• Federal Gov’t at Work: F-35 Program is Over-Budget, Too Expensive, Full of Problems

    Surge Summary: The U.S. Government’s current F-35 fighter program is adding up to be stunningly over budget — one of the most expensive in history – and for a final product shot through with controversial shortcomings. Ought Washington really be spending so much money on such a dubious project at this time?

    By Steve Sherman

    Some government contracts are just too expensive to make any sense. The F-35 Joint Strike Fighter is one of those money pits. The program budget, that the New York Times calls the “Dysfunctional Trillion-Dollar Fighter-Jet Program,” falls into that category. To make matters worse the fighter jet does not even work very well and it is unnecessary to commit over $1 trillion for one fighter jet.

    This program is bleeding the taxpayer dry. A recent report from Bloomberg News reports that over the next 10 years, the F-35 program is expected to come in $10 billion over budget. Right now, resources are being used to respond to the coronavirus pandemic that has taken the lives of over 200,000 Americans, yet Congress is struggling to find the resources for another pandemic bill. They are looking at a bill between $1 trillion and $2 trillion to provide stimulus for the economy, cash to find a coronavirus vaccine, and aid for struggling Americans.  The amount the U.S. government is scheduled to spend on the F-35 is about the same as the next coronavirus relief program will cost. Most Americans would be horrified to know that money that could be used to help respond to the virus is being spent on a fighter jet that does not work as advertised.

    Some in think tank land excuse the expense to the taxpayer because they are dazzled with the promise of a fighter jet that can do everything. The Heritage Foundation put out a misleading study that falsely claimed that the F-35 is a “cost-effective fighter” and that the “Air Force needs to accelerate its acquisition now.” The only thing that will accelerate if the Air Force increases spending on the program is the date the federal government will go bankrupt.

    The numerous reports on the program indicate this fighter jet has a troubled past. Bloomberg reported on September 11, 2020, that the “F-35’s $10 Billion Funding Gap Hints at a Jet Too Costly to Fly.” There is a massive $10 billion gap in the funding budgeted versus requested and they reported “the Defense Department’s blueprint for the next five fiscal years calls for requesting $78 billion for research and development, jet procurement, operations and maintenance and military construction dedicated to the F-35 built by Lockheed Martin Corp. But the cost analysis unit estimates $88 billion will be needed.” If I brought my car into get fixed and showed up with them saying, “yeah, you are going to owe another $1,000 to get this fixed.”  I would never go back to that same car repair shop because they ripped me off, yet the federal government does not blink an eye when they are stuck with an extra $10 billion in costs.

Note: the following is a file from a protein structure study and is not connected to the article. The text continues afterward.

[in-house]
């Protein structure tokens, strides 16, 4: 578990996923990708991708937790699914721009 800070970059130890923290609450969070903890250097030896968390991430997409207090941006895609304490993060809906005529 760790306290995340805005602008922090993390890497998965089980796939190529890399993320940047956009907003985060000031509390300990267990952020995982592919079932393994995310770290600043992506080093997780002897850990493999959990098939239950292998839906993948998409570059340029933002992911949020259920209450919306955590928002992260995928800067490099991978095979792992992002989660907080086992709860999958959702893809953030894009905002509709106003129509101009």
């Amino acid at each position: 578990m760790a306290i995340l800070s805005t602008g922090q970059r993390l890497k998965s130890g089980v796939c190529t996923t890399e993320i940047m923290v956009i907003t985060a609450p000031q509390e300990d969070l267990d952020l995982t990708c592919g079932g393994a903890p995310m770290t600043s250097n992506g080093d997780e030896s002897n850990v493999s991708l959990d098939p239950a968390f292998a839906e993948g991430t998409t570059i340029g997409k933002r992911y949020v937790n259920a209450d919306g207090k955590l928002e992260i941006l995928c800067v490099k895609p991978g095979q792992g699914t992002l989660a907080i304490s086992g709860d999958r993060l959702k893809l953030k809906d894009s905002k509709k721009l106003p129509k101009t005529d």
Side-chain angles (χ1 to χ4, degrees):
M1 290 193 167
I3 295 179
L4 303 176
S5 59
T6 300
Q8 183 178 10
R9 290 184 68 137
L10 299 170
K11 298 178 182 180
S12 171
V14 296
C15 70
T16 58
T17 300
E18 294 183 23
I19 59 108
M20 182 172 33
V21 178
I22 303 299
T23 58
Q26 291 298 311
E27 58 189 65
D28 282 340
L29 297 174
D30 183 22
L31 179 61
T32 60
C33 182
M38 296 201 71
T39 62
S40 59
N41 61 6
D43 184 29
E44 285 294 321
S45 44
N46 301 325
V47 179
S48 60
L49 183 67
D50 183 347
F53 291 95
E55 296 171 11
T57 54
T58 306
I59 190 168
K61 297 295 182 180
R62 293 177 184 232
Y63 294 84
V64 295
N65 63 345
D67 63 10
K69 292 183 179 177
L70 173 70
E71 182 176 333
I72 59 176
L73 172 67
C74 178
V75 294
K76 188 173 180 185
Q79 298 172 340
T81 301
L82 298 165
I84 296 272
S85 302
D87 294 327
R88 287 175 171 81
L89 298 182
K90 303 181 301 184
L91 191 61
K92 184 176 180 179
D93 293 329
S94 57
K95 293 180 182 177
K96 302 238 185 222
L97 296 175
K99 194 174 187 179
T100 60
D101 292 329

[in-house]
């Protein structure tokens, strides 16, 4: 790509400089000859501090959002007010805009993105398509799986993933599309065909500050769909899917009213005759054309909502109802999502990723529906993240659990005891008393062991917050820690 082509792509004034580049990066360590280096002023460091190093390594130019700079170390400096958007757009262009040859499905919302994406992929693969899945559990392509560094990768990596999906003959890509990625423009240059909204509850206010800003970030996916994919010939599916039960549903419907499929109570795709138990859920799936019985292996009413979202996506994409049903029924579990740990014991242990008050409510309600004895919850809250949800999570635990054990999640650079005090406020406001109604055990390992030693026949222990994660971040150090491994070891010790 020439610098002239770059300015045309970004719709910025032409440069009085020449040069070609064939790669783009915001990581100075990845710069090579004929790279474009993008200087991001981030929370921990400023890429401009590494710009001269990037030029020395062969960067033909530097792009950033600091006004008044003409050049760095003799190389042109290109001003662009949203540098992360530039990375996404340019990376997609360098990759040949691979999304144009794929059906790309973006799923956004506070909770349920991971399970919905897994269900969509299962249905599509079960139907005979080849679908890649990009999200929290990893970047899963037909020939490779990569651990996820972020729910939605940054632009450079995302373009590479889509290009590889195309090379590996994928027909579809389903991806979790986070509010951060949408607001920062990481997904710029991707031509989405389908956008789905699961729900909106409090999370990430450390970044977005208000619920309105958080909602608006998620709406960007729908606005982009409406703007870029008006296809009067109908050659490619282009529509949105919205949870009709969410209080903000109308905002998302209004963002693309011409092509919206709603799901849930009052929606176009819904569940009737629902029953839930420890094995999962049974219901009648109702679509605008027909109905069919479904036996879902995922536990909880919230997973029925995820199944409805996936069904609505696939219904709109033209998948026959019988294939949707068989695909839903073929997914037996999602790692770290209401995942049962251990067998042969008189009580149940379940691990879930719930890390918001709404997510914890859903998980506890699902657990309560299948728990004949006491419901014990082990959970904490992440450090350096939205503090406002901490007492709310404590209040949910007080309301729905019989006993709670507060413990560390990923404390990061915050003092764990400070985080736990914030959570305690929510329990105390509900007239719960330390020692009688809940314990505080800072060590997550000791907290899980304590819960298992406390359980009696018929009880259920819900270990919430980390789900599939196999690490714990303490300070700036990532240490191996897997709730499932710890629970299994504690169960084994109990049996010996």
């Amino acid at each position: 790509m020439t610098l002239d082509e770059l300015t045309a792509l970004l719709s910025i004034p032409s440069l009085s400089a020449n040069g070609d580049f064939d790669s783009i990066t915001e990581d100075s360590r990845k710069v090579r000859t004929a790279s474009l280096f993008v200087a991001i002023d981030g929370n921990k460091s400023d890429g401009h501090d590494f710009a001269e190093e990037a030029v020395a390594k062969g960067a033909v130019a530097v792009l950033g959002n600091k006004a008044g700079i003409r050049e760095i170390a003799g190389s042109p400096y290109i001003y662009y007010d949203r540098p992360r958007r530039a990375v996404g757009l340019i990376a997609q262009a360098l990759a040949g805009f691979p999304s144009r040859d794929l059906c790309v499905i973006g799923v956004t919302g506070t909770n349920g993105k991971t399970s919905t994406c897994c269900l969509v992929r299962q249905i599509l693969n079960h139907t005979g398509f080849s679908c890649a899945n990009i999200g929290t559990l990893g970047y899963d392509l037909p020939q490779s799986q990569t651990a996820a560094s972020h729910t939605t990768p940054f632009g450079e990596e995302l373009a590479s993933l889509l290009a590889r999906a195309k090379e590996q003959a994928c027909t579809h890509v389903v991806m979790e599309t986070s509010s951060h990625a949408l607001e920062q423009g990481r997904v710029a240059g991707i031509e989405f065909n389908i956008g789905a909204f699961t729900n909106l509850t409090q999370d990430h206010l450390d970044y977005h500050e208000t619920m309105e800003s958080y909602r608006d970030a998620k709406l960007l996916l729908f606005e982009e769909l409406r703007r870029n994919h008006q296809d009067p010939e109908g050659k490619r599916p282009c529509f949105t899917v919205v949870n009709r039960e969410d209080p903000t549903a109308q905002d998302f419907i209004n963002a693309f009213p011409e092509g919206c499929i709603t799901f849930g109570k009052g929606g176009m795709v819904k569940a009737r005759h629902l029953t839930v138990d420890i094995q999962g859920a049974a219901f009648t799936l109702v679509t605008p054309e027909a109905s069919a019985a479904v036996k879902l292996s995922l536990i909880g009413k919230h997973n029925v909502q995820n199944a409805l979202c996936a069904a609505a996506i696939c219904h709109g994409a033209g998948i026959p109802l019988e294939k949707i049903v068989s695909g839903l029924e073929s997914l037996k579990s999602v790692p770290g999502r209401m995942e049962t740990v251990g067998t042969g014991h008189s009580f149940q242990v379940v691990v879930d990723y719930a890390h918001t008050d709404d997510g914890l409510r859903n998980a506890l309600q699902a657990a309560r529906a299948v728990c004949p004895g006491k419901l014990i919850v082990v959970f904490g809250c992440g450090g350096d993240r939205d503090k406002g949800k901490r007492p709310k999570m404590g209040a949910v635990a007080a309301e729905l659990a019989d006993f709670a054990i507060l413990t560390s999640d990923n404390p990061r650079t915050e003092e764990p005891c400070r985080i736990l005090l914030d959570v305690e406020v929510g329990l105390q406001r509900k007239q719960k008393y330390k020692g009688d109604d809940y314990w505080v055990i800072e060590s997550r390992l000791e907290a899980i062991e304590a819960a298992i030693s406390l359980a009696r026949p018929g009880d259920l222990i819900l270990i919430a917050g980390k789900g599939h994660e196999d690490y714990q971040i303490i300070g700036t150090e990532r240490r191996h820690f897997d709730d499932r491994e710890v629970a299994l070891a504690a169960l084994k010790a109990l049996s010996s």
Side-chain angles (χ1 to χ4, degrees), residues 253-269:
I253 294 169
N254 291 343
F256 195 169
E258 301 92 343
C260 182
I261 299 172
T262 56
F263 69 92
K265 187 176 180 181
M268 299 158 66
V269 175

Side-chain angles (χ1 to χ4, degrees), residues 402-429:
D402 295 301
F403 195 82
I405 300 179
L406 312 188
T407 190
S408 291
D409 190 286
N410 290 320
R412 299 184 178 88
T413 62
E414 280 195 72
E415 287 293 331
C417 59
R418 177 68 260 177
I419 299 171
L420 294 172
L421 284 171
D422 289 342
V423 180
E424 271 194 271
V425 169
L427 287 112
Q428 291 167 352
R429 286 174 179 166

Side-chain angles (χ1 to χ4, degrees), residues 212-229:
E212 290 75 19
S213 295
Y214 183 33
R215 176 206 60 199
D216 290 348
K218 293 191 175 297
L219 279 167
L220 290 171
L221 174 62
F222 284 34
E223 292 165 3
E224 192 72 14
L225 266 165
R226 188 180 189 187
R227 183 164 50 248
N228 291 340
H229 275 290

It also is a problem when you are promised a shiny new car and when you drive it, the car breaks down and has trouble operating in the rain. That would send me into a rage, yet our federal government excuses the fact that the F-35 has some severe limitations. According to Defense News, “the F-35 Lighting II can’t fly in lighting once again.” The contractor made a big mistake in calling one version of the F-35 the “Lightning II,” because, as of June 24, 2020, it was “unable to fly in thunderstorms after the discovery of damage to one of the systems it uses to protect itself from lightning, its prime contractor Lockheed Martin said Wednesday.”

    The F-35 jet also has some limitations on the speed it can hit. Popular Mechanics reported on May 29, 2020, “the F-35 Joint Strike Fighter is the most expensive U.S. defense program in history, and the aircraft itself has had more than its share of controversy. One recent revelation: The Department of Defense places strict limits on the amount of time a pilot can spend at supersonic speeds, in order to avoid damaging the aircraft.” Basically, some F-35s can’t fly in lighting and some can’t fly at supersonic speeds for a long period of time. If you purchased a car and the dealer told you after your purchase, “By the way, you might want to not drive that car in a thunderstorm and don’t drive it too fast,” you would likely have some choice words for that salesman.

    The bottom line is that the troubled F-35 is too expensive for the taxpayers.

    The views here are those of the author and not necessarily Daily Surge

    Image: https://creativecommons.org/publicdomain/mark/1.0/; Robert Sullivan; https://www.flickr.com/photos/my_public_domain_photos/45846363484; 

    S.C. Sherman

    Senior Editor

    Steve Sherman is an author, popular radio commentator, and former Iowa House candidate. His articles have appeared nationally in both print and online for Townhall, Human Events, Clash Daily, Washington Times, Washington Examiner, Red Alert Politics, Forbes, NRATV and others. All of his novels including his most recent tome, Lone Wolf Canyon, a modern day western that infuriates the left and all "Snowflakes," are available here.

    Trending Now on Daily Surge

    Send this to a friend